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An oil mouthwash is a mouthwash made with an oil such as sunflower oil, tea tree oil or sesame oil. A spoonful of the oil is swished around the mouth and through the teeth for a recommended 10 to 15 minutes and then spat out. It is said to be beneficial for keeping teeth and gums healthy.
The use of an oil mouthwash is also known as oil pulling and the technique comes from the traditional alternative Indian healing, Ayurveda. According to Ayurveda, a mouthwash of cold pressed, organic oil detoxes the upper part of the digestive system as well as keeping gums healthy and teeth white and clean. Sesame seed oil and sunflower oil are recommended as they are both rich in antioxidants, but other vegetable oils such as tea tree oil have been proposed also.
Oil pulling should be done first thing in the morning on an empty stomach. One soup spoon of oil is poured into the mouth and then, just like a normal mouthwash, swished around the mouth and pulled through the teeth. Unlike a normal mouthwash, however, the oil should be worked around the mouth for about 15 to 20 minutes after which time the oil will have become thin and white. It should always be spat out and never swallowed as the mixture of oil and saliva has the bacteria it has absorbed from the mouth. Once the oil has been spat out, the mouth should be rinsed with warm water.
According to oil mouthwash proponents, the teeth are whiter and the gums pinker and healthier. Furthermore, according to Ayurveda, because different areas of the tongue are connected to different areas of the body like the kidneys, lungs, heart, colon and spine, oil pulling stimulates the key meridians and benefits the entire system. Conditions such as arthritis, skin diseases and menstrual problems can be cured through oil pulling.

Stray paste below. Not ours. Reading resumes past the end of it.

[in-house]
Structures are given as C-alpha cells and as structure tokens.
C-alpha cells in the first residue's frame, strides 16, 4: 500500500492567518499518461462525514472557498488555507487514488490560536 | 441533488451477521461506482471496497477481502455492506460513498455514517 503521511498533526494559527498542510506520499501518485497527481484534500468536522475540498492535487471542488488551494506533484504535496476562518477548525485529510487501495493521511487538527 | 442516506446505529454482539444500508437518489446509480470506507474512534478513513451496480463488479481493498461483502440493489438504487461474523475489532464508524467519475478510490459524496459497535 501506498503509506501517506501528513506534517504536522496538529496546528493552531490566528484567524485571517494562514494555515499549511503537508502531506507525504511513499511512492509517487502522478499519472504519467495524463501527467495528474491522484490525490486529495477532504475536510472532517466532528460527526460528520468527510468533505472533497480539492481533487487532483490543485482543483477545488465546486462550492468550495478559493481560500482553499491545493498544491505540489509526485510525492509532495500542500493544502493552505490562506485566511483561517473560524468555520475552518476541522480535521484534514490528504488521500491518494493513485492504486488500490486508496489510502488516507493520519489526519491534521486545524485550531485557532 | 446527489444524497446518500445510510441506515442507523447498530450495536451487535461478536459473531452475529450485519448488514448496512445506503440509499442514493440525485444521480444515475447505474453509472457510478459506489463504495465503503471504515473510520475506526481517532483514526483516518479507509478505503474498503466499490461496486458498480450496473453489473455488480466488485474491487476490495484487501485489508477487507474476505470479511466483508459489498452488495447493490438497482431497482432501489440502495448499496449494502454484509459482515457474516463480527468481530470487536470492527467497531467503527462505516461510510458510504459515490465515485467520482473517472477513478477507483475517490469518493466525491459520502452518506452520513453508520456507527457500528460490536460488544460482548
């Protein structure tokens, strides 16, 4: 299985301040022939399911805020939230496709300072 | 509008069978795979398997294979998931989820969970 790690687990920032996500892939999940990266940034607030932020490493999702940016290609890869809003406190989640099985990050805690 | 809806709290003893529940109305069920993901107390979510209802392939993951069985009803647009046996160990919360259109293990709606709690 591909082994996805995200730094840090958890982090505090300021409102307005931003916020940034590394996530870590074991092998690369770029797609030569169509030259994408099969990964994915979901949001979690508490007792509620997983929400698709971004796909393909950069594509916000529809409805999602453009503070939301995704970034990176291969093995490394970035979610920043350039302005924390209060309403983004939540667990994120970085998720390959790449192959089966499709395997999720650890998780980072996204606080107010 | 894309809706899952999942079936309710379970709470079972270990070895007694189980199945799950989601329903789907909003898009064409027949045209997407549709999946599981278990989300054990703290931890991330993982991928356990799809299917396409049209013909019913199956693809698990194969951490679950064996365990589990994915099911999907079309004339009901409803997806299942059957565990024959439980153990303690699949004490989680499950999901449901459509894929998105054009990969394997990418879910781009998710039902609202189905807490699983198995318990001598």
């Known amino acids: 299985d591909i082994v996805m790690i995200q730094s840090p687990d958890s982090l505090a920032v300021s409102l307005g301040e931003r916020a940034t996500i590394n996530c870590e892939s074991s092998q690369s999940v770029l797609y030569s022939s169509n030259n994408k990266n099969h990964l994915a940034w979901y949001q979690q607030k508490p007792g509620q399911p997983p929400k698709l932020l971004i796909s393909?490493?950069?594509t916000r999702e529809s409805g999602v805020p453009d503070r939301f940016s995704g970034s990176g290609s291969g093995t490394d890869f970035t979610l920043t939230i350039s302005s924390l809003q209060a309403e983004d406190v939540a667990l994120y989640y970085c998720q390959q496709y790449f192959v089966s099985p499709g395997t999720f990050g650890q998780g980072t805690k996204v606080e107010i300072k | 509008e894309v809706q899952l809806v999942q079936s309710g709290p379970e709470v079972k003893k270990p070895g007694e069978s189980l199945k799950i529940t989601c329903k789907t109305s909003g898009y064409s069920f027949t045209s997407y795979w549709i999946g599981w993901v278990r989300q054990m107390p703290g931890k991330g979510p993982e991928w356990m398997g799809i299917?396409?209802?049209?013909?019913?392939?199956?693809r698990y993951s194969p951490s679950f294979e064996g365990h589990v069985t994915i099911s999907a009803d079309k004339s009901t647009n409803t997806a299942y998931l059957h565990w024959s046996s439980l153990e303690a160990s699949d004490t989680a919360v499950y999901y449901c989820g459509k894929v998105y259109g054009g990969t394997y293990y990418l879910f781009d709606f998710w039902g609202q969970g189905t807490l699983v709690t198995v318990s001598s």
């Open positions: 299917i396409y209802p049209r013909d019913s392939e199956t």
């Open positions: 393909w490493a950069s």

Although oil mouthwash has been used in countries like India for thousands of years, the practice is still new to the Western world. Some people have become disillusioned with conventional mouthwashes and toothpastes because of ingredients such as alcohol, sweeteners, parabens and sodium lauryl sulfate. Some studies have concluded that long-term use of alcohol-containing mouthwash increase the likelihood of oral cancer. Sodium lauryl sulfate, an effective foaming agent used widely in toothpastes, is a well-known skin irritant and is suspected as a cancer-causing agent.